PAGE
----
"But I can't leave him. How will I live without him? Sometimes he says sweet things when he's not hitting me."

Its all about money 09.Dec.2002 22:23


Indymedia may have more hits than the LATimes or Newsweek.

But LAT readers have more money, and that's what Congress listens to.

Actually, now it seems that Congress is irrelevant. And it takes practically the whole universe of money to talk to Bush.

So we can sit around and congratualate (or flagellate, depending on your mood) each other, but the real work is done in the mainstream, not the alternative world. Even if many of the ideas were originally hatched there

what's 'mainstream'? 10.Dec.2002 00:26


as an activist, i use the word 'mainstream', too, but rather carefully these days, as i'm not sure what it means. is that a class term? a race term? an education-level term? a place of residence term?

the closest thing to the mainstream i've seen recently was this event:

"800 rally in support of St. Francis and Measure 28; against social service cuts"

it was mixed racially, mostly white but with a sizeable african american percentage (that is, higher than the percentage in population here in portland), and latinos, too. it was mostly working class, not professional. cues taken from style and quality of clothing suggested income levels that were not high. it was also clear that unhealthy diets were prevalent (and i say that with full compassion as i am well aware of how addictive high-sugar/high-fat junk food diets are in this country, and how little knowledge there is of healthy food and eating) and lack of physical activity (pointing to a lot of t.v. viewing, perhaps, and again i mention this with compassion for the addictive quality of that evil box, and i fight nearly full time against the corporate powers-that-be that use it as their propaganda tool).

and actually, these attributes all probably made it "mainstream" in a meaningful sense. that is, white college educated people who read the LA Times are not the majority in this country, and i wouldn't consider them the "mainstream". that class is not the ruling class either, but styles itself that way in many of its habits and pretensions, and often considers itself the mainstream. but if you want to break it down, the plurality of people in this country are working-class people without a college degree (across racial lines). that's who was out at this event.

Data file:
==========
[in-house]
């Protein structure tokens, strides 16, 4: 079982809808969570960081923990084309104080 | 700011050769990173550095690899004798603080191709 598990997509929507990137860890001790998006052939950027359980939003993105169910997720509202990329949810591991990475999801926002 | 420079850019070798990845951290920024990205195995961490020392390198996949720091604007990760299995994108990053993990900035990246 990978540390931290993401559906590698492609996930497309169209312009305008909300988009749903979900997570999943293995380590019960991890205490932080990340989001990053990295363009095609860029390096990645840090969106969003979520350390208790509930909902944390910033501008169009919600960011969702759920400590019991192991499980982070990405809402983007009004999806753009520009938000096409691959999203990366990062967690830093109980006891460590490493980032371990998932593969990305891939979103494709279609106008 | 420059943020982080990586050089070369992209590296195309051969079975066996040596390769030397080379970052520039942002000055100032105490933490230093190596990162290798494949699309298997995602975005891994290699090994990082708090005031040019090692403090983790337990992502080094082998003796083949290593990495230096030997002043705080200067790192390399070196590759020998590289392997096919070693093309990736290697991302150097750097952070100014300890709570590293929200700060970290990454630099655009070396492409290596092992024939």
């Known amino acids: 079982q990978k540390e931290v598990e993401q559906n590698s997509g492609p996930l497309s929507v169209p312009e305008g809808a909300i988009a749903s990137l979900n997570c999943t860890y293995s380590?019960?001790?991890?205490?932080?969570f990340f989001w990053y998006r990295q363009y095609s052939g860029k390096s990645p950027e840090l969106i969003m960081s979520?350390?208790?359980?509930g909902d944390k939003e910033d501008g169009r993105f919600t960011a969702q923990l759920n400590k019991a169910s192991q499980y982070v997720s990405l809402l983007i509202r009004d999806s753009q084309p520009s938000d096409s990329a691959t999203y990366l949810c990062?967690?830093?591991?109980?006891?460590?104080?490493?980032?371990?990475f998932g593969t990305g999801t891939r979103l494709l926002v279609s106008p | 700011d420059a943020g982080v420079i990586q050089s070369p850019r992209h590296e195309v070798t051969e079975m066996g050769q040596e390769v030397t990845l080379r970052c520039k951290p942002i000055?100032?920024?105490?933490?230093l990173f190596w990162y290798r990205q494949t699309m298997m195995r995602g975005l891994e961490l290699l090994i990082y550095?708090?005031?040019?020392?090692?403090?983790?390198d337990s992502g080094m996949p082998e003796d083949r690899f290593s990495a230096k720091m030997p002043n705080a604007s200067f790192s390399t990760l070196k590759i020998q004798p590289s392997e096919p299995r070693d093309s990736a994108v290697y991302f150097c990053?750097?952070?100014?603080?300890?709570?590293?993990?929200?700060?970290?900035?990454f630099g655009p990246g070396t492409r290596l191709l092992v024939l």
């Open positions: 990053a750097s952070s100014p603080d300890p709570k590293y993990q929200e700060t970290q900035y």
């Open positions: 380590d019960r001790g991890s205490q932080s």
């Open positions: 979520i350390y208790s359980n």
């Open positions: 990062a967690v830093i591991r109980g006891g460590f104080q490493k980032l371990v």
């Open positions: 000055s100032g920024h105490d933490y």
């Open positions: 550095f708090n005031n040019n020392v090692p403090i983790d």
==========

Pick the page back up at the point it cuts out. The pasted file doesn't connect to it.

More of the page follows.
Do they read the LA Times? statistically, this mainstream -- the *real* maintream -- gets its news from t.v. predominantly, and many of them get most of their news from late night comedians, not even news shows. does the LA Times filter through David Letterman and into the steelworker? perhaps a little, but i don't think Eugene's accomplishment will get there that way. will indymedia reach any of these people? if indymedia activists here have anything to do with it, some of them will. hopefully some of the people there will *become* indymedia activists -- that is, begin reading and posting to the site. can they participate in the LA Times? in the Oregonian? on KATU? they can call a few radio shows, but there's limitations there. if a participatory (and fun) medium like indymedia can be introduced to people who are starving for self-expression (which i believe most Americans are -- look at all the christmas lights coming out right now!) then indymedia will thrive (even more) and they, the people using it, will thrive more too.

what indymedia offers is something that the LA Times will *never* do, because it's not in their interest to do it. in other words, there is more potential for positive change in truly open and democratic projects that come up from the grassroots than in everything the corporate machine has. if we actually commit to making real change, and providing real alternatives, and making them grow, we have a real chance of getting somewhere. as long as we insist on returning over and over to things that abuse us and that exist to bring about our demise, we will remain mostly ineffective, and won't really reach much of anyone.

here's what's attractive: freedom

here's what's freeing: love

here's what's loving: action